Part 7 - Kobe Day 2 (Kyoto), Japan
Part 7 - Kobe Day 2 (Kyoto)
After the eventful day before, we woke up full of anticipation again, as we had planned a tour to Kyoto. Stop, that’s not quite correct. It was Kate, one of the two young ladies from London, who had booked this tour. When we were in touch before the cruise, it turned out that they had planned a tour to Kyoto on the second day in Kobe, and we had planned a tour to Osaka on the first day, so our plans really complemented each other.
At 8.00 am we met in the lobby together with two other couples from Missouri and Arizona before we all got off the ship to meet Ken, our guide for the day, in the terminal.
Ken greeted us warmly in excellent English and called the driver of our van. A few minutes later, we were picked up right at the door by a very spacious and comfortable minivan, which left nothing to be desired. We even had free Wifi on board.
During the approximately one-hour drive to Kyoto, Ken gave us valuable insight into the country, its people and its history but was in turn also very keen to learn what we had to tell from our respective home countries.
So time went by quickly and we soon reached our first destination of the day – Nijo-jo Castle, the more than 400-year-old World Cultural Heritage.
Once again, the castle was another legacy of our old friend shogun Tokugawa Ieyasu. He had commissioned its construction in 1601.
In 1603 he first set foot in the castle. Maybe even through the Higashi Ote-mon gate, the eastern gate through which we now entered the castle at the outer moat in bright sunshine some 400 years later.
We noticed immediately that here – just like in the other places we had visited the days before – everything seemed very well maintained and newly renovated.
And yet we weren’t prepared for the splendor glistening in the sun that awaited us at the entrance gate of Ninomaru Palace in the inner area of the castle. The architecture of the gates represented a certain status at the time, of which the Karamon Gate in Chinese style was the highest possible.
As usual, the impressive ornaments and details all had symbolic meanings. Brilliantly painted carvings of cranes, pines, bamboos and plum blossoms stood for longevity. Magnificent lions and tigers guarded the palace.
A good spot for a group photo with Ken, our guide.
We eagerly turned to Ninomaru Palace which consists of six buildings lined up next to one another, all beautifully decorated of course.
Before we entered the palace, Ken provided us with further details and facts.
Inside the building there were different rooms with different functions: reception rooms, meeting rooms, living quarters of the shogun etc. What they all had in common was beautifully painted paper walls and intricately carved ceiling beams. Unfortunately, photography wasn’t allowed inside, so here are some pictures from the website.
Outside, the palace was surrounded by a beautifully landscaped, extensive garden with a pond landscape.
On the side of the building we had the opportunity to look under one of the floor slabs and take a closer look at one particular technical detail. When visiting the rooms in the palace, we were accompanied by a constant squeak of wooden floor panels, which sounded like the chirping of birds. This noise is the reason why those floors are called Uguisu Bari – nightingale floors.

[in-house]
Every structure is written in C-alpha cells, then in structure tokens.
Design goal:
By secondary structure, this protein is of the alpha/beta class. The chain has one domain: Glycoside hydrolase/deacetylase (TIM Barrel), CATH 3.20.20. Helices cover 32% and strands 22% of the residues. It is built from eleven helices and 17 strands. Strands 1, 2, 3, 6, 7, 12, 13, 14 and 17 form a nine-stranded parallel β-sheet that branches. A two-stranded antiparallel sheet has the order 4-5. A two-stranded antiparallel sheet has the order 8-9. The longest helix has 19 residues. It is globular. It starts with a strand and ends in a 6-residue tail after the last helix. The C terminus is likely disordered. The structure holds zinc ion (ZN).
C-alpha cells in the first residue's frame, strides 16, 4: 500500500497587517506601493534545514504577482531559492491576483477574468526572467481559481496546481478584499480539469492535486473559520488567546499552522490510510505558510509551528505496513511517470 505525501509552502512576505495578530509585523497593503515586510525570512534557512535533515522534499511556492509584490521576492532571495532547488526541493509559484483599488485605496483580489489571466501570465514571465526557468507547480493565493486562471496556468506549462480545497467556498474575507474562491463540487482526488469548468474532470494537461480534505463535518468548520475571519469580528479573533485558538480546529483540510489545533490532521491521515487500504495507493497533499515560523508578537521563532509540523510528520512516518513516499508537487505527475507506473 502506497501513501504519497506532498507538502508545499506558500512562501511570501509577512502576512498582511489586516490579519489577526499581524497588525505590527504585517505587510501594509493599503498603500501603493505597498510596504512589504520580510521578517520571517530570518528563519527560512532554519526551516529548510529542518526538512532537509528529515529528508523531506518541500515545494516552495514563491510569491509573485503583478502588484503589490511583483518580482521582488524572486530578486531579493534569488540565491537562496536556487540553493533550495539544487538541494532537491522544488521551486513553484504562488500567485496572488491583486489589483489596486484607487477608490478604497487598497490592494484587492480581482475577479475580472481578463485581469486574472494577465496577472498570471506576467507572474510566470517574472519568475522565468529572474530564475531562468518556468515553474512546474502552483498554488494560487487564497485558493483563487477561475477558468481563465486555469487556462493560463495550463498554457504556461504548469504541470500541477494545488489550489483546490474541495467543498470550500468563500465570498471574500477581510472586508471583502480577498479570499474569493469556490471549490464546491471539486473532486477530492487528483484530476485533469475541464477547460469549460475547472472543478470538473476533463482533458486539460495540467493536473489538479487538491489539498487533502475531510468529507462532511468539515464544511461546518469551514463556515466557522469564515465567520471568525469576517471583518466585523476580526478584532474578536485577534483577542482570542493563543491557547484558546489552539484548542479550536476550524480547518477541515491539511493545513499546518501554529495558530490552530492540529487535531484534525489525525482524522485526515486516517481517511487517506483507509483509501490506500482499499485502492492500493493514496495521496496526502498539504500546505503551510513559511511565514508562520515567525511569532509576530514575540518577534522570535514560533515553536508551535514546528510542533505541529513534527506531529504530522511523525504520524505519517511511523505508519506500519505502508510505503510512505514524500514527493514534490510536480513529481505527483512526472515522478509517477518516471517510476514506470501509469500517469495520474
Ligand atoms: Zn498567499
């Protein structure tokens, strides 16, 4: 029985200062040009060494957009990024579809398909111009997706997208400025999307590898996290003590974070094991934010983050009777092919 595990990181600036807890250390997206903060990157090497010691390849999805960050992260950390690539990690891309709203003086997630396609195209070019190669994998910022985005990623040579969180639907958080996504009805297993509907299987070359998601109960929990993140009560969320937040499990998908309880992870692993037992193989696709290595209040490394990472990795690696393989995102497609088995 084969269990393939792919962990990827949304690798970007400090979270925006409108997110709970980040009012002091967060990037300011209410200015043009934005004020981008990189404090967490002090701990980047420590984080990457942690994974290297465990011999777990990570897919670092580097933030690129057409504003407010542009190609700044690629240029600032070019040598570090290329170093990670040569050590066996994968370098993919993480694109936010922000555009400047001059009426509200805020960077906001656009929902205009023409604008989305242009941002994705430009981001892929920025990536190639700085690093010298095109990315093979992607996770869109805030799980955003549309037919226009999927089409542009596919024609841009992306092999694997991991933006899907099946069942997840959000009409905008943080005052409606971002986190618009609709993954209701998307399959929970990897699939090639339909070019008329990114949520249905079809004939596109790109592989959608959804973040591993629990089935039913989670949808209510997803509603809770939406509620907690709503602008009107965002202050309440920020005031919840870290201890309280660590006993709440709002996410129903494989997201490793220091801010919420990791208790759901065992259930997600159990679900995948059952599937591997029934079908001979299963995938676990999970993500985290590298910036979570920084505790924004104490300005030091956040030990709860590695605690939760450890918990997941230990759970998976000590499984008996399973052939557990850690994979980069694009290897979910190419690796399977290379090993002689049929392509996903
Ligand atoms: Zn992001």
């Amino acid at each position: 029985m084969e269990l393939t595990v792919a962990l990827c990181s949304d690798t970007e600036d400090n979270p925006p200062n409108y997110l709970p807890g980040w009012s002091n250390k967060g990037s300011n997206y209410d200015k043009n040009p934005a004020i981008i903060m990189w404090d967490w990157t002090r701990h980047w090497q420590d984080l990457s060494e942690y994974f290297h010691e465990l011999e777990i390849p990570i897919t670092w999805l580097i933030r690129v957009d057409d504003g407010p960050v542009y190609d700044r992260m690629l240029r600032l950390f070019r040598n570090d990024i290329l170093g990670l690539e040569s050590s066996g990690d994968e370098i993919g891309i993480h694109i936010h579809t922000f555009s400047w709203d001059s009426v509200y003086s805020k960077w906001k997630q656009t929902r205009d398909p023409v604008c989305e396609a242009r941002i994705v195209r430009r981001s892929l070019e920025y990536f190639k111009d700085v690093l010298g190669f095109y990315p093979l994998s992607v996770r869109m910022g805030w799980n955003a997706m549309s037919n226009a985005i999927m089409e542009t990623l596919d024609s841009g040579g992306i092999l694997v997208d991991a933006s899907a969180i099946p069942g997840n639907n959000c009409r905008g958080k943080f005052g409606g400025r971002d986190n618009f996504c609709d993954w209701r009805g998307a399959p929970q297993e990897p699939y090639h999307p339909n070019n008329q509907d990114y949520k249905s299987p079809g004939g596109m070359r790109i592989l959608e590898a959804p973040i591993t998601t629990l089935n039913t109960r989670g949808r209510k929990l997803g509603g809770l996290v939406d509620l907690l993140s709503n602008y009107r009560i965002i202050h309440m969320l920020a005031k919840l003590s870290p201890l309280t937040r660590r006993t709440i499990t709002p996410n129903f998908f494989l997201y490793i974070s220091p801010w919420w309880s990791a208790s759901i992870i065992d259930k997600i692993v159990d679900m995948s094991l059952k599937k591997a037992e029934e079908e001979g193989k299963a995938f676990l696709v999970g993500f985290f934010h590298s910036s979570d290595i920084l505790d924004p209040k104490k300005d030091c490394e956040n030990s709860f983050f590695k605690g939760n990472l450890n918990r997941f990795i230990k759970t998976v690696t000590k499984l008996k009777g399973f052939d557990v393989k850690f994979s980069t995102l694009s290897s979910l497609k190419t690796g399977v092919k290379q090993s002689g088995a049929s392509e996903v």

The myth that this was a deliberate design to serve as some kind of alarm system is, unfortunately, wrong. Fact is that due to the movement of the wood, the brackets simply rub on the nails, but that wasn’t intended.
Here we could see these brackets from below.
A bridge across the inner moat and a path through another heavy gate connected this side of Ninomaru Palace with the central Honmaru Palace. Which we didn’t visit though.
Instead, we returned to the east gate, where our driver picked us up. As it was too early for our lunch, Ken added an impromptu visit of another shrine.
However, the visit of the Kitano Tenmangu Shrine was anything but a stopgap. For over 1000 years, the scholar Sugawara no Michizane has been worshipped here. Even today, pupils and students pray for better grades and the passing of exams.
We entered the complex through the impressive two-story gate. The inscription on the sign above the gate reads “To the Founder of Learning and Poetry”.
One path led through the Sankomon gate, also known as Middle Gate.
At the side of the path we saw more small shrines, sculptures and buildings.
This one was dedicated to the “God of Thunder”, as Sugawara was also called at times.
Through this gate we reached the large courtyard in front of the entrance hall of the actual shrine.
In the meantime, the restaurant where Ken had booked us for lunch had opened. Here we took a well-deserved break and enjoyed a delicious Japanese meal.
From the restaurant we could walk directly to our next destination. We didn’t know then that the impressions we’d take away from there would still be “images of Japan” in our minds today.
Kinkaku-ji, the Golden Pavilion, is located in the northwest of Kyoto and describes a pavilion covered in gold leaf. It was built in 1397 by shogun Ashikaga Yoshimitsu as part of the construction of a lavish temple and residential complex. Originally it served as a relics hall. After Yoshimitu’s death the pavilion was turned into a Zen temple. Its official name is Rojion-ji (“Doe Garden Temple”), but it is better known as the Golden Pavilion.
Through yet another gate (it should actually be called: Japan - land of the gates), we reached the complex and a very beautiful garden in its outer area.
When the wooded garden opened, we were presented with a breathtakingly beautiful view. A large lake with deep green water reflecting a golden pavilion built on the opposite shore.